تخصیص فضای خرده فروشی و مدل های تعیین اندازه دسته تولید یکپارچه شده تحت فروش مدیریت شده موجودی و محموله ترتیبات سهام
|کد مقاله||سال انتشار||مقاله انگلیسی||ترجمه فارسی||تعداد کلمات|
|22824||2013||11 صفحه PDF||سفارش دهید||محاسبه نشده|
Publisher : Elsevier - Science Direct (الزویر - ساینس دایرکت)
Journal : Computers & Industrial Engineering, Volume 64, Issue 1, January 2013, Pages 45–55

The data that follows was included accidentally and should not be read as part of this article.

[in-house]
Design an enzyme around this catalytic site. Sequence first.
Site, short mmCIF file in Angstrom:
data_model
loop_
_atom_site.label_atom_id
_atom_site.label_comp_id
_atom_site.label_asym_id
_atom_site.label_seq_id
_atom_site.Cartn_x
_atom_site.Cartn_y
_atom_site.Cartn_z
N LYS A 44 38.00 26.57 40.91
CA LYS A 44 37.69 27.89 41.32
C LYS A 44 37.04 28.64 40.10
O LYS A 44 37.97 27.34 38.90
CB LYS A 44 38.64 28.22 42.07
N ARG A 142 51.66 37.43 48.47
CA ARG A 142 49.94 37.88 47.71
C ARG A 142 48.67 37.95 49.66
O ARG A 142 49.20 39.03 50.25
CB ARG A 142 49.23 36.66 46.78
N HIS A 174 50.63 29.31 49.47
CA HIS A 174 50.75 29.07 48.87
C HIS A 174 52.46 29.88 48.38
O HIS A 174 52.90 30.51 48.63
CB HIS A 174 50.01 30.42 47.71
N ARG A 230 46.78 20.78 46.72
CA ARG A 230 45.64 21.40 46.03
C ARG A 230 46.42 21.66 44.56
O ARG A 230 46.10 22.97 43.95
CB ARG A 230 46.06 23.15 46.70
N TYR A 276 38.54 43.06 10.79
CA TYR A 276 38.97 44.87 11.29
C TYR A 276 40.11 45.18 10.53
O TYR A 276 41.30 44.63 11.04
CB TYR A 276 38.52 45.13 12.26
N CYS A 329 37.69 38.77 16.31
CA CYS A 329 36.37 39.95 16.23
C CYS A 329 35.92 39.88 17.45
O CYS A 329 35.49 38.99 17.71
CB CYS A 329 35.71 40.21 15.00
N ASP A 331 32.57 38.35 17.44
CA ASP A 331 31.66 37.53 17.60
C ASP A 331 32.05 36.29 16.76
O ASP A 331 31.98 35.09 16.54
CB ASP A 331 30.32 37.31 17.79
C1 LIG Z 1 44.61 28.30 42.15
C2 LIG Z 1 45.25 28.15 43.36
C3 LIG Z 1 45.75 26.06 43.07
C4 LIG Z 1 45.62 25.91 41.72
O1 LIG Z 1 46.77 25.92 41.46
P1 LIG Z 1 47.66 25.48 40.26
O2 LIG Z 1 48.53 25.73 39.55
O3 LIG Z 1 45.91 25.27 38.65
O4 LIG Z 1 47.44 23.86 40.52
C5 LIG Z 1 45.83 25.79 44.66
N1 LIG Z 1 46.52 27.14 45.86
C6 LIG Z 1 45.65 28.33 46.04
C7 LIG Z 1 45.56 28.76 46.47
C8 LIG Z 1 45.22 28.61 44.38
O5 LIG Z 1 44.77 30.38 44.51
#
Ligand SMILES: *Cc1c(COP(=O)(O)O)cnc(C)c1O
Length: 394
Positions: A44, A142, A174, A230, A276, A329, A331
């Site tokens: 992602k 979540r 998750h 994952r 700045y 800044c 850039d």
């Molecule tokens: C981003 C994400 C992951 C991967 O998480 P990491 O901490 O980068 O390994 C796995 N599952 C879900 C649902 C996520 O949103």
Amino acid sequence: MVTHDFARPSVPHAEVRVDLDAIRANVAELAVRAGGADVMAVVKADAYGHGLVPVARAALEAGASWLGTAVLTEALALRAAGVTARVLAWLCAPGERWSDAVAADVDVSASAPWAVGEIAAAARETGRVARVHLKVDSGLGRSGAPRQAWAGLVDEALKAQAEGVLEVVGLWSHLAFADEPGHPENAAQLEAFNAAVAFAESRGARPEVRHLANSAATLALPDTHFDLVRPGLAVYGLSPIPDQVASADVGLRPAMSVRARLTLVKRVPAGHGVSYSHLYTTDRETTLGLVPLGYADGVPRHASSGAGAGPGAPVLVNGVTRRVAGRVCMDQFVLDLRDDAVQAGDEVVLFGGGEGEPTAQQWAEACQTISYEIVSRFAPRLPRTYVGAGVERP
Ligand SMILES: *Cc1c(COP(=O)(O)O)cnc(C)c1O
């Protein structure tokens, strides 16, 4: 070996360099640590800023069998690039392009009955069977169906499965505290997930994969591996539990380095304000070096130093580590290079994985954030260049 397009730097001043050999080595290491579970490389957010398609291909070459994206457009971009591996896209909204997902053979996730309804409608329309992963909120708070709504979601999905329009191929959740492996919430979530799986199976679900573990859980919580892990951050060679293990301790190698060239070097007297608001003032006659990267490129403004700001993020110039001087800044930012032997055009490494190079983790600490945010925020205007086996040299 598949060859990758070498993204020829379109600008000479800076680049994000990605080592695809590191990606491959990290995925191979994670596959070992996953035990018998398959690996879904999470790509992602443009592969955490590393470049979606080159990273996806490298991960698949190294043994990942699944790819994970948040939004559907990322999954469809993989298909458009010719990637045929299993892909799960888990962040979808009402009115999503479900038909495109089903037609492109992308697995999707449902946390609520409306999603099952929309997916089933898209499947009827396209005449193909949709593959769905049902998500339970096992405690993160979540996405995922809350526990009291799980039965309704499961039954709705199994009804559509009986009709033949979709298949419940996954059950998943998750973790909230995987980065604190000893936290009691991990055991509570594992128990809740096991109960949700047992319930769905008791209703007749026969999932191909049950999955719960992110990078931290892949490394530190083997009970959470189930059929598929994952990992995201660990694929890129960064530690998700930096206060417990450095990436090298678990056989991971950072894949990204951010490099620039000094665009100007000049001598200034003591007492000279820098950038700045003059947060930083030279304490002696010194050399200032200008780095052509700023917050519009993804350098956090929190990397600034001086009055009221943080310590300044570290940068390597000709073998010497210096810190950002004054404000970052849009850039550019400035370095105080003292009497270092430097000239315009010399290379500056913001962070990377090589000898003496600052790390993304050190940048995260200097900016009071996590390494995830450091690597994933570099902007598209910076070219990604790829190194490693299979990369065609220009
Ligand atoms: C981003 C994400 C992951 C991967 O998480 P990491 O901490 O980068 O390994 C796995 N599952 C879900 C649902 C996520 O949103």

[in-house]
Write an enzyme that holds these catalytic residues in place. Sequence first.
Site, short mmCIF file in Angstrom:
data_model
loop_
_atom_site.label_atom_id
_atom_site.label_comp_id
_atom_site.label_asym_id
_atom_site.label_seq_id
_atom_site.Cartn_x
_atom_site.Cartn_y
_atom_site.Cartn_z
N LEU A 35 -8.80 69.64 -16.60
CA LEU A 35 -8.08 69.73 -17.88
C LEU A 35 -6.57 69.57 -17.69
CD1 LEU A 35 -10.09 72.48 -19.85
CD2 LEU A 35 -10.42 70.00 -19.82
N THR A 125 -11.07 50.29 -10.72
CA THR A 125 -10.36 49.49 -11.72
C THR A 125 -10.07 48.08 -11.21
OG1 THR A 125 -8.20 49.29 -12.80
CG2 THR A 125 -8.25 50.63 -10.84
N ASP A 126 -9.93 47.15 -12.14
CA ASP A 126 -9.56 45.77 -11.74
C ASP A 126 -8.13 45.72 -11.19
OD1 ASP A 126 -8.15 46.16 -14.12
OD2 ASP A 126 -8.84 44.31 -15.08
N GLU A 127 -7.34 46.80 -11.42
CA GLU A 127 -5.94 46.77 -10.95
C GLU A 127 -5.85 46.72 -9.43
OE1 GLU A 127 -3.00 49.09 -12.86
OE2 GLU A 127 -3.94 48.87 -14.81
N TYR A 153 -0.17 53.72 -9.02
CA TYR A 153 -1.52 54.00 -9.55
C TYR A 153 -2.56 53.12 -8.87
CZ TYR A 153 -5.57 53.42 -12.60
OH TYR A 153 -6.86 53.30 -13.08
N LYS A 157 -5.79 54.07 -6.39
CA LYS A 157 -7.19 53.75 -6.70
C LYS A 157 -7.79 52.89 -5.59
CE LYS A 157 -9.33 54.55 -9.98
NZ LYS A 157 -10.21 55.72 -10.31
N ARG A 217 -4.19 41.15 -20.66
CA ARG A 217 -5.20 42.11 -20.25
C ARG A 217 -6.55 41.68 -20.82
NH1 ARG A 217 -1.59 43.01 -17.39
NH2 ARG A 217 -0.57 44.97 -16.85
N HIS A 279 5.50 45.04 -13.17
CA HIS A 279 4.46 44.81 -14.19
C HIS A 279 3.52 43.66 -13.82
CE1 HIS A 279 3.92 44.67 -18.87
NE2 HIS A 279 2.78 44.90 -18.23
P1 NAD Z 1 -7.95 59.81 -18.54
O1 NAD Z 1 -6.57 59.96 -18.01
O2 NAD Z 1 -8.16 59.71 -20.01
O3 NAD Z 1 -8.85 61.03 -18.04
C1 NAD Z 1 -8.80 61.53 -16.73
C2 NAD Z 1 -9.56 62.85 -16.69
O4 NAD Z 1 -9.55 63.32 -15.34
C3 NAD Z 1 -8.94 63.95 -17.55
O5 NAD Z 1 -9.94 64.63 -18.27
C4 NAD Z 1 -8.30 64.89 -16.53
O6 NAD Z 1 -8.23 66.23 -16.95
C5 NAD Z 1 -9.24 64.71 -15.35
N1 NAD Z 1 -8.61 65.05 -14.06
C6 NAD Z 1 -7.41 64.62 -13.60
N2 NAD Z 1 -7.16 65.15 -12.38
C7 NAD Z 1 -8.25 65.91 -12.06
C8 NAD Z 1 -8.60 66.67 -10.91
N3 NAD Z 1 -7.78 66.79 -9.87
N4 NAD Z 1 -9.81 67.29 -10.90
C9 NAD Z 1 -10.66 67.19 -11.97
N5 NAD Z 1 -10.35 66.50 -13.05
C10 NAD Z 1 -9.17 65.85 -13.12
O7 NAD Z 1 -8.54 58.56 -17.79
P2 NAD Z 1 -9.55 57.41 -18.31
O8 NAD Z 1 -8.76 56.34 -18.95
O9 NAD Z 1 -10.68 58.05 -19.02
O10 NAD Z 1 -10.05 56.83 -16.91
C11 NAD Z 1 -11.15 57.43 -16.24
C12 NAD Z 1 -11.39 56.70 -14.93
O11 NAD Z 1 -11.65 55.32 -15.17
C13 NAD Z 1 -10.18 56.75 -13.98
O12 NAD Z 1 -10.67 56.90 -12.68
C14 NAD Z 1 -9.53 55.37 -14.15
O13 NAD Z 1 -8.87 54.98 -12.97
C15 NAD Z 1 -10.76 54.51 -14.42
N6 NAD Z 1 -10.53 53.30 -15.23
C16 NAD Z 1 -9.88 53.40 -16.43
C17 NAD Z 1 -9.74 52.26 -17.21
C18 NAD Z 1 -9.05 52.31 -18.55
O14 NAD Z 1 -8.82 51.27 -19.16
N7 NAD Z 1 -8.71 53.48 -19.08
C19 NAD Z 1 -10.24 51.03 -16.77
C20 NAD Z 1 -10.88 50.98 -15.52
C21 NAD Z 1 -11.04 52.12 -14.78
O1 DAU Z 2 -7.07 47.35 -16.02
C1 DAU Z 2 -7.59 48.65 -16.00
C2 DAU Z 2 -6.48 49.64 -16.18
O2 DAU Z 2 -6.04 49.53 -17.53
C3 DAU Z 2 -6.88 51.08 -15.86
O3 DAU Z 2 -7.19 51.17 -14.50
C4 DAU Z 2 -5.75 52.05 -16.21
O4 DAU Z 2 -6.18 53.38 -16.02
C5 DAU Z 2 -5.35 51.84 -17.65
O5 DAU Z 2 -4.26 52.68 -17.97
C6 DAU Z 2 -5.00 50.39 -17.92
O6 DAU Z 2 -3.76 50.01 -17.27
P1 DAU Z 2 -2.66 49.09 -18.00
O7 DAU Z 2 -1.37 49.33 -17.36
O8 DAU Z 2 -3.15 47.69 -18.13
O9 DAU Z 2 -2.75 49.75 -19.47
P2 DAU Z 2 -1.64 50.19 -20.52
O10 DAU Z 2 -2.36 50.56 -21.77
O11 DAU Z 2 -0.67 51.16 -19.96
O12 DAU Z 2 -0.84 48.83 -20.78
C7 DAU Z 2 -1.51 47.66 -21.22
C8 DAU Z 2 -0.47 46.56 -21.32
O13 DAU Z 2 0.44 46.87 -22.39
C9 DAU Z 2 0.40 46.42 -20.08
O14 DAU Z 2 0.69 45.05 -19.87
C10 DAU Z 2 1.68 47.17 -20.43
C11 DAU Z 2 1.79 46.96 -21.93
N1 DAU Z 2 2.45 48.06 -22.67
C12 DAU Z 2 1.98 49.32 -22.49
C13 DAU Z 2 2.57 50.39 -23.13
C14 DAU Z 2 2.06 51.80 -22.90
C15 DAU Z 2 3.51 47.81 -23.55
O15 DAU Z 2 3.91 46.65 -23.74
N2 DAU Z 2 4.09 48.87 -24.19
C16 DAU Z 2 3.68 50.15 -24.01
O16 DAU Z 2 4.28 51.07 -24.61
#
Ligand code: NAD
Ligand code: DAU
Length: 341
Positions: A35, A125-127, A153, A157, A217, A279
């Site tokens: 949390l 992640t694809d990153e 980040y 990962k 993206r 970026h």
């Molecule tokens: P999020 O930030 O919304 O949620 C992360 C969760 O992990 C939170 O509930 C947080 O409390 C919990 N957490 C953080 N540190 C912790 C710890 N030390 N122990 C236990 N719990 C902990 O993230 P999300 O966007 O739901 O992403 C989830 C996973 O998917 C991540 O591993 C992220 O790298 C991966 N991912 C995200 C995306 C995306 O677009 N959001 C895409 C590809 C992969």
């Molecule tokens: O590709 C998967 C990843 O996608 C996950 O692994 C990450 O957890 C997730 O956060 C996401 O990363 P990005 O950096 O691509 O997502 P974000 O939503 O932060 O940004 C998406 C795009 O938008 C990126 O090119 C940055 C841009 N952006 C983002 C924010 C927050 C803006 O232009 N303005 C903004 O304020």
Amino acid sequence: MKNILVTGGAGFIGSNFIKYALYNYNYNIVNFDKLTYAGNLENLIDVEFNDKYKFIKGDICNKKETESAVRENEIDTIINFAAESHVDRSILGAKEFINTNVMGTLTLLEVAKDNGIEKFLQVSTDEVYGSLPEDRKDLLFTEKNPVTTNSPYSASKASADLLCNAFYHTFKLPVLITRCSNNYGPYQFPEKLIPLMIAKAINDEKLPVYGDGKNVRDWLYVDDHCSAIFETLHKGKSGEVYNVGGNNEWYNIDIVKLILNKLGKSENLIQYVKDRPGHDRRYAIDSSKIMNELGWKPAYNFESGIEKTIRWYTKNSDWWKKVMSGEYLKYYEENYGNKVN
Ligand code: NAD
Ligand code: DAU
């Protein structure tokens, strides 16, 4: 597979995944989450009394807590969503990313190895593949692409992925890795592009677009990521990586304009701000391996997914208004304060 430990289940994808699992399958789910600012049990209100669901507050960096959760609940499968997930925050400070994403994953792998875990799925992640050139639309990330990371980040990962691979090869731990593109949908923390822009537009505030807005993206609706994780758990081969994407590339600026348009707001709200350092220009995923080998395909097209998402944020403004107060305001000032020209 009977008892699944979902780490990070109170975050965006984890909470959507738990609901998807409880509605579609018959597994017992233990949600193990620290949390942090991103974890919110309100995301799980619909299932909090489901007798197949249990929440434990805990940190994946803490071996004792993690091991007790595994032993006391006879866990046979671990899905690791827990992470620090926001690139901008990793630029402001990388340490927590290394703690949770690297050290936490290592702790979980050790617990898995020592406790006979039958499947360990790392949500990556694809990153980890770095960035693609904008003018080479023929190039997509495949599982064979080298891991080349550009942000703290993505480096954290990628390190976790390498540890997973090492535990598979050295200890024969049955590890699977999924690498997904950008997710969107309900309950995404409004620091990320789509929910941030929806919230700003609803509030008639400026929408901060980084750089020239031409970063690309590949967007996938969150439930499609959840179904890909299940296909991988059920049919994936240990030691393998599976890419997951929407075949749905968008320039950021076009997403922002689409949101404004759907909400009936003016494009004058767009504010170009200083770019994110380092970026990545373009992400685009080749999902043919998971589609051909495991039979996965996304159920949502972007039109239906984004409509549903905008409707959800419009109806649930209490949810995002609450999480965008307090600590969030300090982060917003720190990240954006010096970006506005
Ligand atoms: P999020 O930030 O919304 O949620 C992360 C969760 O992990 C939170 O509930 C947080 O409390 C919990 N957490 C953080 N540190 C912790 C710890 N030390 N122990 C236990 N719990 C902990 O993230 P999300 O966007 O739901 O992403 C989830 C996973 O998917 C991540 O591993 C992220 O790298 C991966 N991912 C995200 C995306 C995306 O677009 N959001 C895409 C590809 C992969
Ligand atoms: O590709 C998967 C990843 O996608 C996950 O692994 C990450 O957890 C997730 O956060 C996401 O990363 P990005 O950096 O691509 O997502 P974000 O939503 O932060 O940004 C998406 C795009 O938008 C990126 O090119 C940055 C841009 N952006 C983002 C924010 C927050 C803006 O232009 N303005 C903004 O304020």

In this paper, we develop integrated retail shelf space allocation and inventory models for a single item with a stock dependent demand. The integrated models are developed for a supply chain operating under vendor-managed inventory (VMI) and consignment stock (CS) agreement. More precisely, the supplier is responsible for initiating orders on behalf of the retailer and decides about the size of each order, the quantity to be displayed on the shelves, and the reorder point. In addition, the supplier owns the stock at the retailer’s premises until it is sold. We develop mathematical models to assess the benefits accrued by both parties as a result of the adoption of VMI–CS partnership. Results from the numerical experimental study show that such partnership is more attractive to all supply chain members when the retailer provides a flexible display capacity. Moreover, the supplier can use his/her selling price and the maximum allocated shelf space as negotiation means to benefit from the partnership.